I've mentioned this before, but I'm pretty new to raising ducks and quail and guinea hens and pigeons. Especially with the frigid temperatures we've had lately it has been pretty easy to just let William head outside every morning and evening to take care of the animals while I take care of kids and dinner and a hundred other things (right, fellow Mama's?). But early this morning William left with a delivery of duck eggs and will stay in the Salt Lake area for a few days to attend the Small Farm and Urban Conference put on by Utah State University. It should provide some great ideas as well as help and know-how and networking when it comes to starting up in the small-farm business in Utah. And that leaves us home with some 150 little critters to care for.
I'm sure I could have left the kids for a few minutes in the house while I ran out, but one of our dreams is to have this be a family business, something we do together. So first thing this morning we all bundled up, T took out the compost bucket, J carried the egg basket, I filled a bucket of water, and S carried the lid to the compost bucket. The lid didn't need to go out with us, but he's a very helpful 1 year old and needed a job. You know. We fed the right feed to the right birds, filled their water, gathered eggs, emptied the compost, and fed the dogs on the way back in. It doesn't sound like much here on "paper", but it sure felt like an accomplishment as we walked back in the house! It was fun enough, but William, if you're reading this, know that you are missed!
As we perused craigslist we found a man who hatches out quail and tada! We are quail owners! We kept them indoors for the first night they were here and my boys decided that they are pretty fun to watch. If you've seen other chicks, these are just the same, but tiny! We bought one hundred of them and will plan on fifty of them being hens that will lay beautiful, spotted, miniature eggs. Quail eggs also have lots of health benefits- more on that later as they start to lay. For now we'll keep stocking up on bags and bags of feed and watching the little guys grow!


Most of us are most familiar with chicken eggs. Eating other bird's eggs may sound strange or at least uncommon, but here's the thing- there are multiple health benefits and it's fun to change things up a bit sometimes! The two things I've noticed the most about duck eggs is first, obviously their size. They are larger than your usual large or even extra large chicken eggs. We even tried to use old extra-large egg cartons and the lids won't close. The second thing, the yolks are huge! The yolk to white ratio is larger and I think that's one of the reasons you may have heard that duck eggs are often preferred for baking cakes and the like. Here is a post on the difference between duck eggs and chicken eggs from The Free Range Life, if you'd like to know more!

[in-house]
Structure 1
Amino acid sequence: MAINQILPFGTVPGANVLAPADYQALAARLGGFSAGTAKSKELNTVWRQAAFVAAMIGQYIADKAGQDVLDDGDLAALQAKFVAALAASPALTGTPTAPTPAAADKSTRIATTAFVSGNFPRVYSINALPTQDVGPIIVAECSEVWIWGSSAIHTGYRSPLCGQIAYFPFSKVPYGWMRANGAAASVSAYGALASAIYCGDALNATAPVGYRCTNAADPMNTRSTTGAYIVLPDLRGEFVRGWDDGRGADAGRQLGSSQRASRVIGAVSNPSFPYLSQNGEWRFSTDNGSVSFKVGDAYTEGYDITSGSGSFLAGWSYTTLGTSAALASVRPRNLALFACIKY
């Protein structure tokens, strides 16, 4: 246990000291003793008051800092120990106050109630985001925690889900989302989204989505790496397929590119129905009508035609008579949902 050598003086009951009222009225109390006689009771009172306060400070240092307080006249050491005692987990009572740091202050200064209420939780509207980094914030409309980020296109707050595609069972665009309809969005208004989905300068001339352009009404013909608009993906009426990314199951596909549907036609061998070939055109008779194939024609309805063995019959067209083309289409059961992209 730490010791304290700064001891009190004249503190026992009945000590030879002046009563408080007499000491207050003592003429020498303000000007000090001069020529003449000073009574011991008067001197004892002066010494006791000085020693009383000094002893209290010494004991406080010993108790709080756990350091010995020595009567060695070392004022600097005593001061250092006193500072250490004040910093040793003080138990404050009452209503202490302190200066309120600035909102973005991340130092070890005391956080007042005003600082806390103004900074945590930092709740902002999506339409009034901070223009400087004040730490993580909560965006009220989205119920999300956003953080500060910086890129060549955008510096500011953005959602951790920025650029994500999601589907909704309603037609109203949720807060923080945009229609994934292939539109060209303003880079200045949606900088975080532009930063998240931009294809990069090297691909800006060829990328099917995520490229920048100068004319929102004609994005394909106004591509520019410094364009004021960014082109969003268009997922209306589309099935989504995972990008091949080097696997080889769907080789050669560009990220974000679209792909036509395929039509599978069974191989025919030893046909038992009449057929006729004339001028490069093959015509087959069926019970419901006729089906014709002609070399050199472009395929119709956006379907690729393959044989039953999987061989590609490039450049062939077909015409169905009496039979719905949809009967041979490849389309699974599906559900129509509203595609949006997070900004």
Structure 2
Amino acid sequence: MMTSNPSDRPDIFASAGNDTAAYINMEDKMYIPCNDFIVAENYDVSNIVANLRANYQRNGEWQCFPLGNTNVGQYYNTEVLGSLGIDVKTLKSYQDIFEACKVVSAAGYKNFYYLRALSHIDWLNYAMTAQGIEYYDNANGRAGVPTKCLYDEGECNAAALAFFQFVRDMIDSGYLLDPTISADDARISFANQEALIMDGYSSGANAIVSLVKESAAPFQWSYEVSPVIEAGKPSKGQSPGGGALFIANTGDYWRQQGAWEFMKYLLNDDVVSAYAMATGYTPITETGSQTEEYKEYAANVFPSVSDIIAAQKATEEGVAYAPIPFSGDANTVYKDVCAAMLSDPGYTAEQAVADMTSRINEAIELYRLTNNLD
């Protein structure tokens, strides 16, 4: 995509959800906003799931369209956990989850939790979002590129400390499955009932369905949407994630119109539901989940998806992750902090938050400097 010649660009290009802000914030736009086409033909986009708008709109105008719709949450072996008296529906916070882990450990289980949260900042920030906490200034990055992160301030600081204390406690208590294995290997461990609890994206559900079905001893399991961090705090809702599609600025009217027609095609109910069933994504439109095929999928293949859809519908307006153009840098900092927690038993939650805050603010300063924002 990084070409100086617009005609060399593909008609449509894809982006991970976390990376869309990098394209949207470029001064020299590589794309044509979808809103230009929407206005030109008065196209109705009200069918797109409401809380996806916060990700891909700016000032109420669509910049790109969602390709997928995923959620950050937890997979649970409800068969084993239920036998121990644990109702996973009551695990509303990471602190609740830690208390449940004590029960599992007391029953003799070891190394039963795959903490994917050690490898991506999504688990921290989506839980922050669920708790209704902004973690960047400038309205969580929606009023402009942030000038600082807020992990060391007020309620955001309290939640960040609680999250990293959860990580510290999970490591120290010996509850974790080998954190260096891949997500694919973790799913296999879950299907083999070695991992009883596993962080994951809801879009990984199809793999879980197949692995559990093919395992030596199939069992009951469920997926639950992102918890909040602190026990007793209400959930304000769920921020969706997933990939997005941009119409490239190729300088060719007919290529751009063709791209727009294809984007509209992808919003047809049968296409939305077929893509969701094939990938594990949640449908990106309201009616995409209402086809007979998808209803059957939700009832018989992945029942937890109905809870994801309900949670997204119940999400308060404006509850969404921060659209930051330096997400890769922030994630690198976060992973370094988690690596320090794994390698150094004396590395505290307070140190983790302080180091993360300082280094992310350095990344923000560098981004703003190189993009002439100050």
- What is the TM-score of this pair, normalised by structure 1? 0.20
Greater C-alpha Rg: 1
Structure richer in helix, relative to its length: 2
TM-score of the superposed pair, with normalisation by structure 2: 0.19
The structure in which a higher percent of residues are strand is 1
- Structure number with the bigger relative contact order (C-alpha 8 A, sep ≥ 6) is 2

This picture is just an example of the yellow fuzziness I have been hoping to add to our flock. It seems that winter is a hard time to ship ducklings. Not many hatcheries even offer baby fowl at this time of year, but we have been anxious to get our little flock growing! We found a hatchery in Pennsylvania who offers 1 day shipping and we went for it! As we anxiously awaited their arrival to the post office, it got later and later. We tried to track them down, I am certain they were sitting in a truck or storage facility and we would have willingly driven a fair distance to pick them up, but alas, my current trust in the USPS to keep up with their orders has fallen and our box of fuzzy yellow, chirping ducklings arrived icy cold and frozen. Three. Different. Times. We did get one box delivered on time and those sweet ducklings are growing like weeds! But we've decided to put off any more orders until warmer weather comes.
The ducklings we do have are Mascovy and will lay beautiful, large eggs for us in a few more months! Add them to our current flock of 18 and we should have plenty of duck eggs to go around! William gathers eggs each morning. My job is to make sure they are clean and packaged. There is a certain satisfaction to counting out 18 eggs each morning (sometimes less, but our 18 layers are incredibly consistent!).